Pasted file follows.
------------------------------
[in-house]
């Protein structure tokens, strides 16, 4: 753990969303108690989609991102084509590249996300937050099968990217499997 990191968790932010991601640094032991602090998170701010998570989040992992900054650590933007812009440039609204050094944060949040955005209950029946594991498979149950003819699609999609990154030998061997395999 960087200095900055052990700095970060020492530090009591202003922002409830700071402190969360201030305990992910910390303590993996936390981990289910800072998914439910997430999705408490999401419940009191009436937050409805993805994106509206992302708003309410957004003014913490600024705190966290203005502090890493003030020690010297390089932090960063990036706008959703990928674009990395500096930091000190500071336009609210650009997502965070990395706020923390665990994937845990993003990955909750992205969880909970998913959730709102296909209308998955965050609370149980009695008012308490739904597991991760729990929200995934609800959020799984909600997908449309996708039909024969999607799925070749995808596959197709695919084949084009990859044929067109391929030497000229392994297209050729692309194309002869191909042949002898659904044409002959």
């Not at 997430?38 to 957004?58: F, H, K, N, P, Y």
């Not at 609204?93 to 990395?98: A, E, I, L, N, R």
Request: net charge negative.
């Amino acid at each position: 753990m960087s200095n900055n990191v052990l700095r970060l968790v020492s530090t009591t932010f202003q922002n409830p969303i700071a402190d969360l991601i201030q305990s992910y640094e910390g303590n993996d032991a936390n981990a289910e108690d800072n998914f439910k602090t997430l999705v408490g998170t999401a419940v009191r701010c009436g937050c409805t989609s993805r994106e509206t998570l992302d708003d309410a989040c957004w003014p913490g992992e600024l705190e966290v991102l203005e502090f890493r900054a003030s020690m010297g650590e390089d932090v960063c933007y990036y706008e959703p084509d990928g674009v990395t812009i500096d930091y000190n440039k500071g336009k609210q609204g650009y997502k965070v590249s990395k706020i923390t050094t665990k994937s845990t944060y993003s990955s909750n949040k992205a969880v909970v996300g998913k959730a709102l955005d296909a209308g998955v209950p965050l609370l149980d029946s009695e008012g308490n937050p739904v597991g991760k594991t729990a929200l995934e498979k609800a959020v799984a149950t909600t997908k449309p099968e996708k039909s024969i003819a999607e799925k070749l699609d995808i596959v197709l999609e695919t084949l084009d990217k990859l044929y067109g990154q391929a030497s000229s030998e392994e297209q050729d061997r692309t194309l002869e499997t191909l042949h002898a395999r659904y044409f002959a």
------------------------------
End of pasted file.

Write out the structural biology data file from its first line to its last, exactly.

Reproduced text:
[in-house]
């Protein structure tokens, strides 16, 4: 753990969303108690989609991102084509590249996300937050099968990217499997 990191968790932010991601640094032991602090998170701010998570989040992992900054650590933007812009440039609204050094944060949040955005209950029946594991498979149950003819699609999609990154030998061997395999 960087200095900055052990700095970060020492530090009591202003922002409830700071402190969360201030305990992910910390303590993996936390981990289910800072998914439910997430999705408490999401419940009191009436937050409805993805994106509206992302708003309410957004003014913490600024705190966290203005502090890493003030020690010297390089932090960063990036706008959703990928674009990395500096930091000190500071336009609210650009997502965070990395706020923390665990994937845990993003990955909750992205969880909970998913959730709102296909209308998955965050609370149980009695008012308490739904597991991760729990929200995934609800959020799984909600997908449309996708039909024969999607799925070749995808596959197709695919084949084009990859044929067109391929030497000229392994297209050729692309194309002869191909042949002898659904044409002959």
């Not at 997430?38 to 957004?58: F, H, K, N, P, Y």
């Not at 609204?93 to 990395?98: A, E, I, L, N, R």
Request: net charge negative.
């Amino acid at each position: 753990m960087s200095n900055n990191v052990l700095r970060l968790v020492s530090t009591t932010f202003q922002n409830p969303i700071a402190d969360l991601i201030q305990s992910y640094e910390g303590n993996d032991a936390n981990a289910e108690d800072n998914f439910k602090t997430l999705v408490g998170t999401a419940v009191r701010c009436g937050c409805t989609s993805r994106e509206t998570l992302d708003d309410a989040c957004w003014p913490g992992e600024l705190e966290v991102l203005e502090f890493r900054a003030s020690m010297g650590e390089d932090v960063c933007y990036y706008e959703p084509d990928g674009v990395t812009i500096d930091y000190n440039k500071g336009k609210q609204g650009y997502k965070v590249s990395k706020i923390t050094t665990k994937s845990t944060y993003s990955s909750n949040k992205a969880v909970v996300g998913k959730a709102l955005d296909a209308g998955v209950p965050l609370l149980d029946s009695e008012g308490n937050p739904v597991g991760k594991t729990a929200l995934e498979k609800a959020v799984a149950t909600t997908k449309p099968e996708k039909s024969i003819a999607e799925k070749l699609d995808i596959v197709l999609e695919t084949l084009d990217k990859l044929y067109g990154q391929a030497s000229s030998e392994e297209q050729d061997r692309t194309l002869e499997t191909l042949h002898a395999r659904y044409f002959a």